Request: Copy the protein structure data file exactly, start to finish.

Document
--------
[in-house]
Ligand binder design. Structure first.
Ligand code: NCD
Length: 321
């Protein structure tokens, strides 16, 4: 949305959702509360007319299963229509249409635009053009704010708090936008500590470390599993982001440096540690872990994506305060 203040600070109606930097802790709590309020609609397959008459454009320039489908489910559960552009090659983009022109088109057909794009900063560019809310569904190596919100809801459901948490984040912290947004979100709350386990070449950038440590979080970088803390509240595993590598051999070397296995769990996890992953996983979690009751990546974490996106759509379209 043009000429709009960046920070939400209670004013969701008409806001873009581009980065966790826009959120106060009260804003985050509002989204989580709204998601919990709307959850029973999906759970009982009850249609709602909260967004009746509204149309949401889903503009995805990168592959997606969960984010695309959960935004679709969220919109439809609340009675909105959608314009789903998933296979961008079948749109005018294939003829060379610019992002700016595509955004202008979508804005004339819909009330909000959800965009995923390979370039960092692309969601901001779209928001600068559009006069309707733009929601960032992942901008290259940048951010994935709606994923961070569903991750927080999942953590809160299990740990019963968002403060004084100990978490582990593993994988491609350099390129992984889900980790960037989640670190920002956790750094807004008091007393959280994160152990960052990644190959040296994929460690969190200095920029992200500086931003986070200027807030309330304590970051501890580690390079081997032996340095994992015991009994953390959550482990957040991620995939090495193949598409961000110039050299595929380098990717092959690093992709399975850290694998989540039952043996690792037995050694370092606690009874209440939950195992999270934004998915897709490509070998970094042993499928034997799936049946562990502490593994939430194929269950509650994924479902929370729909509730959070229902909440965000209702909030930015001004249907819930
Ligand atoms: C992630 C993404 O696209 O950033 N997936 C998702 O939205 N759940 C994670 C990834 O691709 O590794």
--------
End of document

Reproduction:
[in-house]
Ligand binder design. Structure first.
Ligand code: NCD
Length: 321
């Protein structure tokens, strides 16, 4: 949305959702509360007319299963229509249409635009053009704010708090936008500590470390599993982001440096540690872990994506305060 203040600070109606930097802790709590309020609609397959008459454009320039489908489910559960552009090659983009022109088109057909794009900063560019809310569904190596919100809801459901948490984040912290947004979100709350386990070449950038440590979080970088803390509240595993590598051999070397296995769990996890992953996983979690009751990546974490996106759509379209 043009000429709009960046920070939400209670004013969701008409806001873009581009980065966790826009959120106060009260804003985050509002989204989580709204998601919990709307959850029973999906759970009982009850249609709602909260967004009746509204149309949401889903503009995805990168592959997606969960984010695309959960935004679709969220919109439809609340009675909105959608314009789903998933296979961008079948749109005018294939003829060379610019992002700016595509955004202008979508804005004339819909009330909000959800965009995923390979370039960092692309969601901001779209928001600068559009006069309707733009929601960032992942901008290259940048951010994935709606994923961070569903991750927080999942953590809160299990740990019963968002403060004084100990978490582990593993994988491609350099390129992984889900980790960037989640670190920002956790750094807004008091007393959280994160152990960052990644190959040296994929460690969190200095920029992200500086931003986070200027807030309330304590970051501890580690390079081997032996340095994992015991009994953390959550482990957040991620995939090495193949598409961000110039050299595929380098990717092959690093992709399975850290694998989540039952043996690792037995050694370092606690009874209440939950195992999270934004998915897709490509070998970094042993499928034997799936049946562990502490593994939430194929269950509650994924479902929370729909509730959070229902909440965000209702909030930015001004249907819930
Ligand atoms: C992630 C993404 O696209 O950033 N997936 C998702 O939205 N759940 C994670 C990834 O691709 O590794």